Last week I had the opportunity to meet some people who avail of homeless services provided by Cork Simon. People you might see begging on the street, whose gaze you avoid and whose cup you might have thrown a few cent into once or twice.
During an hour long discussion between those people - men, women, young and old, Irish and non-Irish – and two Cork TDs, all the misery and misfortune life can bring was on display.
Family breakdown, addiction, mental and physical illness, disabilites… all leading to homelessness for the people I met on Thursday.
I left City Hall thankful for the good start in life I got, the solid education I have and the luck I’ve had.
The next day news broke that two people were dead after taking extra strength heroin in Cork city, and over the weekend a further seven were hospitalised for the same thing. Thankfully the remaining seven survived.
Each one of those nine people addicted to heroin is somebody’s child. Like John Joseph, one of the Simon clients I met on Thursday, a self-described “chronic alcoholic” whose eloquent and highly emotional speech stunned the room into silence, they all had a family, once.
The two men that died, 30 year old Gary O’Sullivan and 26 year old Gavin Thompson, were somebody’s sons. I don’t know their circumstances but the manner of their dying suggests that they were living difficult lives.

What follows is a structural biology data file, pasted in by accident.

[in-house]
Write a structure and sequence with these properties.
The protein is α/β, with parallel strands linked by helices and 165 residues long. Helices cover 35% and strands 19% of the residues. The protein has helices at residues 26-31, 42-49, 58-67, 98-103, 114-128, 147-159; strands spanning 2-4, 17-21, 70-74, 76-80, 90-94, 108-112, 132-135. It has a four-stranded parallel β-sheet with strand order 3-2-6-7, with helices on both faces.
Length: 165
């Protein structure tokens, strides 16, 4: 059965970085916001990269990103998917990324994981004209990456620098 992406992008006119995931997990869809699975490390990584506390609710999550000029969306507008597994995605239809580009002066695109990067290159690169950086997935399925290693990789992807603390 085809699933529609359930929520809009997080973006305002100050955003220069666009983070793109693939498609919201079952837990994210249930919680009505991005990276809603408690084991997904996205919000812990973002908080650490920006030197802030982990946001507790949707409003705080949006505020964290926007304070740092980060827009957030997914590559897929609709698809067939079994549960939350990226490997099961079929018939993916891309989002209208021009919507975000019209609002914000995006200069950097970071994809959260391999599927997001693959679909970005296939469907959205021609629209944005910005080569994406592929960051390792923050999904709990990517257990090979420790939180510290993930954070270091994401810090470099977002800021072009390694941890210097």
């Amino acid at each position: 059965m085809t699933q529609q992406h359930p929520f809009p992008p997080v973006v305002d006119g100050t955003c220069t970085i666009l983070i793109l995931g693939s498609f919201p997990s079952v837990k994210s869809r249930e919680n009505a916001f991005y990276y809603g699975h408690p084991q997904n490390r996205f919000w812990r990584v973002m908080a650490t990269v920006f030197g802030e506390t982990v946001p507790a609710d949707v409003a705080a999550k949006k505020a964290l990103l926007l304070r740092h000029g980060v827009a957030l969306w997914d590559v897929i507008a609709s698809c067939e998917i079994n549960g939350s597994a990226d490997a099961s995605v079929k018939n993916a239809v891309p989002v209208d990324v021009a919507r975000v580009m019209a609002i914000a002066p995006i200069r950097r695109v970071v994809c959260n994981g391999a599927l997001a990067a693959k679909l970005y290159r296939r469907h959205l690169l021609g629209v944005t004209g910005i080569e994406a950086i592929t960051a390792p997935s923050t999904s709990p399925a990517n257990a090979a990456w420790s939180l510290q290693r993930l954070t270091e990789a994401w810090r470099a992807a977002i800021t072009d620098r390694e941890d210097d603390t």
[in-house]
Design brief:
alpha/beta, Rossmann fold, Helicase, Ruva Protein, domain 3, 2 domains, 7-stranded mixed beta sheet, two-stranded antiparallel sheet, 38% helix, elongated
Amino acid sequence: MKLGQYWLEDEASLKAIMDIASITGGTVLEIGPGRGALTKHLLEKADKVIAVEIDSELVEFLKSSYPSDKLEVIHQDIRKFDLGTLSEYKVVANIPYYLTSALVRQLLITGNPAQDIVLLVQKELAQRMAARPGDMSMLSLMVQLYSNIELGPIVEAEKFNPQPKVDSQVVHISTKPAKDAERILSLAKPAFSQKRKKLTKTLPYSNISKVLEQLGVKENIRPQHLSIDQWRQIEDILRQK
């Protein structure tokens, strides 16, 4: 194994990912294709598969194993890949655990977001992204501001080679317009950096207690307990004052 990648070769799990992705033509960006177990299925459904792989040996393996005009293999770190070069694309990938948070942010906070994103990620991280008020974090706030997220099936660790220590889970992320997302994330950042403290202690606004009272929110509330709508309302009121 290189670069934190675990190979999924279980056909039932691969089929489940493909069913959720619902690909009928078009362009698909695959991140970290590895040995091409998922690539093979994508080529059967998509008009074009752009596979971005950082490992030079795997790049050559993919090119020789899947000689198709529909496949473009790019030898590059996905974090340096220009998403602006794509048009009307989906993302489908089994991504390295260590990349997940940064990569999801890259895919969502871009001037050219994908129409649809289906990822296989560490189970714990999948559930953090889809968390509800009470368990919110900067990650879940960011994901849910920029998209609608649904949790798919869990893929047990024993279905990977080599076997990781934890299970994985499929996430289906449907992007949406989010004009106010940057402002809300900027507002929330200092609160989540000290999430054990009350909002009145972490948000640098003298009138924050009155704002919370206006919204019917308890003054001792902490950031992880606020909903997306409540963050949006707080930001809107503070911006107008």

Most people with addictions do live difficult lives, particularly when that awful combination of fragile social structures, addiction and personal vulnerability collides.
And that can apply to a middle class person who starts off liking a drink, a Traveller woman who is a victim of domestic violence, and everybody in between.
It’s difficult to have perspective on someone else’s hardship when you are dealing with your own – as most people are - but some of the comments posted on our Facebook page about the deaths were not only callous, but frightening.
Reducing other human beings to the label “junkies”, and suggesting they are a “waste of space” shows a striking lack of understanding about the nature of addiction.
As one person responded on the page, “I hope addiction never touches you or your family”.
Heroin is not exactly a gateway drug, and your life would have to be incredibly bleak to take that step in the first place. It’s not the kind of drug you try for the laugh in college. People who see homelessness or addiction as something that happens to “fools” or “wasters” must live very privileged existences.
The old idiom that “there, but for the grace of God, go I”, is always applicable, whether you ascribe your good fortune to God, your parents, your education or your star sign. We all have the capacity to fall, and it’s the lucky ones who don’t.